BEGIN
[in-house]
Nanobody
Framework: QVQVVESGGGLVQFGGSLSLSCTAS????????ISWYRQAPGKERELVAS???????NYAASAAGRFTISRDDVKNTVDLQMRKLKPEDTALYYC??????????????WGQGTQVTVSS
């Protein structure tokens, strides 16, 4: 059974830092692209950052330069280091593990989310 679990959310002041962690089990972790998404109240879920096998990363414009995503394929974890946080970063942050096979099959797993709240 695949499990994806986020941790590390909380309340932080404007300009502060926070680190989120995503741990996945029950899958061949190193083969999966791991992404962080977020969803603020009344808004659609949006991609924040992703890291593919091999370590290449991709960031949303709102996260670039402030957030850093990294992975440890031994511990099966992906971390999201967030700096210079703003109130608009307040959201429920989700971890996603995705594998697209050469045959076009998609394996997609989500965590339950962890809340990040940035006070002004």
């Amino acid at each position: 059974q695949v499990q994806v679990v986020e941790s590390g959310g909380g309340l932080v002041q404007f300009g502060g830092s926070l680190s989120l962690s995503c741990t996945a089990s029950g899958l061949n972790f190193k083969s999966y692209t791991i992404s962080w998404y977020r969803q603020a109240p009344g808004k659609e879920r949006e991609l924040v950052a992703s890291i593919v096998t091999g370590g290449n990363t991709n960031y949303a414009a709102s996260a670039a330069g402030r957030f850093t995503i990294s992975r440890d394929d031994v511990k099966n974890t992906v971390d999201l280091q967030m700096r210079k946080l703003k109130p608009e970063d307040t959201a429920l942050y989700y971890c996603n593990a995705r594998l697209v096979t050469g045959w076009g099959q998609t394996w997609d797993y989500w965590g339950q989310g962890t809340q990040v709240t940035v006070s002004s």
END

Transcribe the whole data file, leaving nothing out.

[in-house]
Nanobody
Framework: QVQVVESGGGLVQFGGSLSLSCTAS????????ISWYRQAPGKERELVAS???????NYAASAAGRFTISRDDVKNTVDLQMRKLKPEDTALYYC??????????????WGQGTQVTVSS
């Protein structure tokens, strides 16, 4: 059974830092692209950052330069280091593990989310 679990959310002041962690089990972790998404109240879920096998990363414009995503394929974890946080970063942050096979099959797993709240 695949499990994806986020941790590390909380309340932080404007300009502060926070680190989120995503741990996945029950899958061949190193083969999966791991992404962080977020969803603020009344808004659609949006991609924040992703890291593919091999370590290449991709960031949303709102996260670039402030957030850093990294992975440890031994511990099966992906971390999201967030700096210079703003109130608009307040959201429920989700971890996603995705594998697209050469045959076009998609394996997609989500965590339950962890809340990040940035006070002004």
């Amino acid at each position: 059974q695949v499990q994806v679990v986020e941790s590390g959310g909380g309340l932080v002041q404007f300009g502060g830092s926070l680190s989120l962690s995503c741990t996945a089990s029950g899958l061949n972790f190193k083969s999966y692209t791991i992404s962080w998404y977020r969803q603020a109240p009344g808004k659609e879920r949006e991609l924040v950052a992703s890291i593919v096998t091999g370590g290449n990363t991709n960031y949303a414009a709102s996260a670039a330069g402030r957030f850093t995503i990294s992975r440890d394929d031994v511990k099966n974890t992906v971390d999201l280091q967030m700096r210079k946080l703003k109130p608009e970063d307040t959201a429920l942050y989700y971890c996603n593990a995705r594998l697209v096979t050469g045959w076009g099959q998609t394996w997609d797993y989500w965590g339950q989310g962890t809340q990040v709240t940035v006070s002004s």